wedding prep

Question:  What can I offer other wedding professionals that will make them want to partner with me?

“I’ve been reading a lot of your stuff this week and have already implemented your price shopper template, created a business FB page and began comments and liking other vendors and venues, and re-thinking some things about my website.

“Anyway, my question: I’m particularly intrigued about the Favor Principle, particularly with other wedding vendors, planners, venue owners, etc.

“I would happy to help out other people, but I honestly don’t know what I could offer them.

“As a wedding pianist, I don’t really have a tangible item to give them. I would be happy to give referrals, but I NEVER have people ask me to refer another type of vendor, and I’m not well-known enough myself to feel like me saying, ‘I’ll refer you!’ would mean much.

“Anything that can get me thinking of some creative ideas in this area? Thanks!”

– Jennifer

*NOTE: The Favor aka Reciprocity Principle is a principle of psychology that works like this: when we do something nice for someone, they feel pressure to do something nice for us in return. This can be used powerfully in networking and marketing relationships.

Answer:

This is a really good question, Jennifer!  When we’re just starting out, it’s hard to imagine what you might have to offer, especially when you don’t have referrals to send.

Even without knowing you personally, I’m sure you have something of value to share with the other wedding professionals you meet.  Figuring out what that might be is a two step process.

Step 1 – Strike up a conversation with the professional and ask what his/her biggest challenge or opportunity is right now.

You can’t offer valuable help to someone unless you know what their needs are.  Once you understand that, you can start thinking about any resources you might have to help them.

In addition to helping you identify what you can do for the professional, it also demonstrates your interest, indicates that you care, and builds the relationship.  Bonus!

Step 2 – Identify the resources you have that might help solve this person’s problem or grow their opportunity.

Have you ever written down your assets and resources?  This is a fantastic exercise because you’ll realize just how much you have to offer and how many powerful resources you have to draw from.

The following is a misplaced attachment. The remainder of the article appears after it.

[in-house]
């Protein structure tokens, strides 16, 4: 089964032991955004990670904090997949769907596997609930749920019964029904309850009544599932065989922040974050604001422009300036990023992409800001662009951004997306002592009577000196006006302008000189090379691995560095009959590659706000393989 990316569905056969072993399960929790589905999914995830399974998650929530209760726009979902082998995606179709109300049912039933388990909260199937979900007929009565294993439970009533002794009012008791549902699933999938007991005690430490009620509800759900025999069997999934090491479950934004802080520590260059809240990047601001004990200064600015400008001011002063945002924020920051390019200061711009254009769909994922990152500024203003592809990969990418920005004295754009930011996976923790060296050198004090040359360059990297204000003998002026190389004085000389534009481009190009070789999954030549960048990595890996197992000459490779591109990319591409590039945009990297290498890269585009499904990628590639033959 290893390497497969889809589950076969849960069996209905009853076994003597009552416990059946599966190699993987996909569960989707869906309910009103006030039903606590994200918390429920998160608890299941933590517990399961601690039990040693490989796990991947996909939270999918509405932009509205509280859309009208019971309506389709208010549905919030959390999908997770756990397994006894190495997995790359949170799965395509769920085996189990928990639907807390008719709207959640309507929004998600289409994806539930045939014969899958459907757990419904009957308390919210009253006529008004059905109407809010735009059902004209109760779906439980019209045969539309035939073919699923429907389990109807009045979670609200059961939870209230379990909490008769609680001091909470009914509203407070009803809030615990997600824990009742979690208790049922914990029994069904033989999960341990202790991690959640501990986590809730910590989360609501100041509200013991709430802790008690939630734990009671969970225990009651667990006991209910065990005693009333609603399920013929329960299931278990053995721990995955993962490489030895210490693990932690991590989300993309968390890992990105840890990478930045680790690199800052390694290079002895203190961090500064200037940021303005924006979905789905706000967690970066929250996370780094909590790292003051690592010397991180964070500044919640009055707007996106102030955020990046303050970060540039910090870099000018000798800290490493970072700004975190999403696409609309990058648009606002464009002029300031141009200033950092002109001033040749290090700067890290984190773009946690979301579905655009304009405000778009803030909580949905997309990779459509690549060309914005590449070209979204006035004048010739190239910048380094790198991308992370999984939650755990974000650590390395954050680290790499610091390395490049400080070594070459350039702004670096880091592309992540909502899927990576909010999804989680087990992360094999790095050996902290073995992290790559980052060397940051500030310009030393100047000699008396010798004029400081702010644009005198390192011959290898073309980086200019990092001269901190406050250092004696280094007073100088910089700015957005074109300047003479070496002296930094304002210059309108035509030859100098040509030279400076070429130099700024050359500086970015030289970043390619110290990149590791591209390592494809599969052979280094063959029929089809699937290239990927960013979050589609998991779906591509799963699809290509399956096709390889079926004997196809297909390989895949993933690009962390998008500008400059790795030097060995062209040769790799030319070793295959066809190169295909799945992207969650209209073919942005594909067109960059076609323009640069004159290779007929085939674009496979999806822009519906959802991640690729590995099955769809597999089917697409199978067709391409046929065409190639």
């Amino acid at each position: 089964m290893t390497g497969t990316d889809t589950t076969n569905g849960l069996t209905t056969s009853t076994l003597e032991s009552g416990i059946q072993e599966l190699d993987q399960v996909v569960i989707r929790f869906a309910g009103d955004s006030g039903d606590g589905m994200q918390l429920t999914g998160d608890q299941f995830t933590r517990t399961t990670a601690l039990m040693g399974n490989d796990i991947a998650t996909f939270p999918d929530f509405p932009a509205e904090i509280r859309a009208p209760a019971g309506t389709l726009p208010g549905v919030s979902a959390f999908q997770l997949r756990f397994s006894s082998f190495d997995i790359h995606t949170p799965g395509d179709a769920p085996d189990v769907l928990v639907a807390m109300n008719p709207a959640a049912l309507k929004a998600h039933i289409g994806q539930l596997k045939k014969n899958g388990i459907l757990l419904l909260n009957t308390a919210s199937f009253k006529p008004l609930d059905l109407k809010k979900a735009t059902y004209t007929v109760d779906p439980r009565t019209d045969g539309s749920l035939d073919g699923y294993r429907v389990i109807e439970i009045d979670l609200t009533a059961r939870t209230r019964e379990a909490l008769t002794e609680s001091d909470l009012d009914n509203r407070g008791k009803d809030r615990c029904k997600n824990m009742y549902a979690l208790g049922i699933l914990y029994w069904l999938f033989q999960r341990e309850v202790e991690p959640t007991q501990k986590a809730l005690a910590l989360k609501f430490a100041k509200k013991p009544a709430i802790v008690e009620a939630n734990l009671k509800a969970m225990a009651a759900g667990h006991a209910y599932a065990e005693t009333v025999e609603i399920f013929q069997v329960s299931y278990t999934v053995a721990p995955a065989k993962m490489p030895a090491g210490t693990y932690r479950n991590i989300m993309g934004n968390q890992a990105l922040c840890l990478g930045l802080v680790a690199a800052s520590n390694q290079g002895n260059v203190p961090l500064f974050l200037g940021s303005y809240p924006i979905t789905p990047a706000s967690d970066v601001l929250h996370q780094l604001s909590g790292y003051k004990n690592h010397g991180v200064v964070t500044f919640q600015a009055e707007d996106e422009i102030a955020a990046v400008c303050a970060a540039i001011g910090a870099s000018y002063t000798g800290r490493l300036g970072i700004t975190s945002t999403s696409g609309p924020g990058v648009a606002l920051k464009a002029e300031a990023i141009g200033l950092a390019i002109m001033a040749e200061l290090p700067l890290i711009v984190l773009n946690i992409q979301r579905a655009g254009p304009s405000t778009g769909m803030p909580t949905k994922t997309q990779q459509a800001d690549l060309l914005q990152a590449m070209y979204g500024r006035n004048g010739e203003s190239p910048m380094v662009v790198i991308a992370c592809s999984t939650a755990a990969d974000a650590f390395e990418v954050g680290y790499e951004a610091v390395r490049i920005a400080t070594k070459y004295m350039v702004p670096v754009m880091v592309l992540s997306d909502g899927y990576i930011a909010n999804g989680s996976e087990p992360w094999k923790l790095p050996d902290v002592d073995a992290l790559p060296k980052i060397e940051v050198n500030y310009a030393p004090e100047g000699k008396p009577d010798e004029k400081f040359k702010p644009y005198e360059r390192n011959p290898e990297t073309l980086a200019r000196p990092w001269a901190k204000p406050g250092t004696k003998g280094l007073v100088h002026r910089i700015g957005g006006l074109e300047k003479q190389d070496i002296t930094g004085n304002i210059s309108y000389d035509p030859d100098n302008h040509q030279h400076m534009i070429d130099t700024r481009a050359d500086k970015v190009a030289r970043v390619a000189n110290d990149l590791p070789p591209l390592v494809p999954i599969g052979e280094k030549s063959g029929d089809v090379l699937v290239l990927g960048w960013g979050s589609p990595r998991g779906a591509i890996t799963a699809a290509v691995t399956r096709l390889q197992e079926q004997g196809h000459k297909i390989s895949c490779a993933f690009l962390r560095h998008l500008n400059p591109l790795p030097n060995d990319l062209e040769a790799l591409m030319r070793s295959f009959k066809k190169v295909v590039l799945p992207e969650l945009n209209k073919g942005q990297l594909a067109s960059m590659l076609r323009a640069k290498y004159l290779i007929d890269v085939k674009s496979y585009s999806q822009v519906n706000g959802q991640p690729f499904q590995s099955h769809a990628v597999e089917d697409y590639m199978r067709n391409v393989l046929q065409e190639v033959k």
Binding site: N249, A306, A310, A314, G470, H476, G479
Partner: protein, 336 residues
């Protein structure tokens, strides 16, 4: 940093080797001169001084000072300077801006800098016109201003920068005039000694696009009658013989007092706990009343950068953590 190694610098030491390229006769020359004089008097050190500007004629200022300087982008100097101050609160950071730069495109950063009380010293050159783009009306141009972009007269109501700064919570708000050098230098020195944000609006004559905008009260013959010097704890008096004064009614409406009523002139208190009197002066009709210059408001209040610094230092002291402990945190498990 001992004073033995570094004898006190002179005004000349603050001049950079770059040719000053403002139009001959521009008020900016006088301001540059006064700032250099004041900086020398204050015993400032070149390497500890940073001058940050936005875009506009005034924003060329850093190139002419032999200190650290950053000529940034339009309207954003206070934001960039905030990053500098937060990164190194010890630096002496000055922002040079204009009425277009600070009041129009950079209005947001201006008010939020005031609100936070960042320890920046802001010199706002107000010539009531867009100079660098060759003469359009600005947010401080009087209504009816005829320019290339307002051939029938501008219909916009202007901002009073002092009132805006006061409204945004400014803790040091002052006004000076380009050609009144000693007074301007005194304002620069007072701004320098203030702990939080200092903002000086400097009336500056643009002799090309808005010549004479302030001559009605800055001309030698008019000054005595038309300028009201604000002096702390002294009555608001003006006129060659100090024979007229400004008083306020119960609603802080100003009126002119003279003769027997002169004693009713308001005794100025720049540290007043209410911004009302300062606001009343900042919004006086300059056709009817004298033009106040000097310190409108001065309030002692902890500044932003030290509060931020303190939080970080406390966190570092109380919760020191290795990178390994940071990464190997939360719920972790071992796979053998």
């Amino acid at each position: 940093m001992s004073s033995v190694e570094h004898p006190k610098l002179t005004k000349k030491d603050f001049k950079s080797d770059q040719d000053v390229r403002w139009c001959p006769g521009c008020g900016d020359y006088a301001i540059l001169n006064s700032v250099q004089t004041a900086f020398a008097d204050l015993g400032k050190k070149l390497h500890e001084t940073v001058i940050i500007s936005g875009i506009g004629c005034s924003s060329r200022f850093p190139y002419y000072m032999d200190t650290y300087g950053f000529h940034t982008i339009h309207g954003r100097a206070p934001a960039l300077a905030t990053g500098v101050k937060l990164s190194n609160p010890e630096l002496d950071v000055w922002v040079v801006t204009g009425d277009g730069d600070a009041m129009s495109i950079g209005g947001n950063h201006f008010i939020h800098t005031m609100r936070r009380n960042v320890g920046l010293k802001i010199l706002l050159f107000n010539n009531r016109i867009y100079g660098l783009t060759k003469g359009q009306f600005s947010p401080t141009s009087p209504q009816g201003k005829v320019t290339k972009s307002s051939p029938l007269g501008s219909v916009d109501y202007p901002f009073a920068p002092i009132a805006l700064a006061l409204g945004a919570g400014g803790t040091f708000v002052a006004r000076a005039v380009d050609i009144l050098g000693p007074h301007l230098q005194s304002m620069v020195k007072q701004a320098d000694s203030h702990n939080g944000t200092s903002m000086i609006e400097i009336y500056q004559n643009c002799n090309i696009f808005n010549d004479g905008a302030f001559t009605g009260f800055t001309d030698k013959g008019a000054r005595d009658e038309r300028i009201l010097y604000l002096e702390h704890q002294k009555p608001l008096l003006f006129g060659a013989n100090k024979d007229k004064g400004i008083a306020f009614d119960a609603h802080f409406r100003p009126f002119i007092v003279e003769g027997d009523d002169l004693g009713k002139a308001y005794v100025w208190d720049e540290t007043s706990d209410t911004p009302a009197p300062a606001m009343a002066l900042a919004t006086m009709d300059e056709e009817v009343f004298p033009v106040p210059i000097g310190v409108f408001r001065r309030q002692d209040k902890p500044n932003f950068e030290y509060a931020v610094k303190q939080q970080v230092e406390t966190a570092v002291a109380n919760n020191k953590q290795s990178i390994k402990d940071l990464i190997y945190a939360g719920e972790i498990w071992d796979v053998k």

Don’t forget to include all the intangibles, such as your education, information and connections, as well as your physical assets and skills.

Here are some examples:

  • Professional resources – a great web programmer, designer, accountant
  •  Information resources – a website, article or reference document
  •  People and connections – Can you introduce them to someone who might be an asset?
  •  Your own skills and talents – If you’re good with social media, you might help them set up a Facebook account.  Or if you like to write and they have a challenge with blogging, you might write a blog post for them.

 Once you create the habit of thinking, “How can I help this person?” you’ll find lots of things you can give.

This is also a super powerful strategy for building relationships with your clients as well.  When you become a valuable resource it proves your expertise and communicates the value of your price effortlessly.

What’s your favorite networking strategy?

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Stephanie Padovani

Stephanie is a Hudson Valley wedding insider, blogger, writer, and wedding business coach. Want to book more weddings at higher prices? Quit dealing with price shoppers? Transform your wedding business so that it supports the life you really want? Look her up! They don't call her the Wedding Business Cheerleader for nothing. :)

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One thought on “How to Win Friends and Referrals in the Wedding Business”

  1. Great advice for building relationships!

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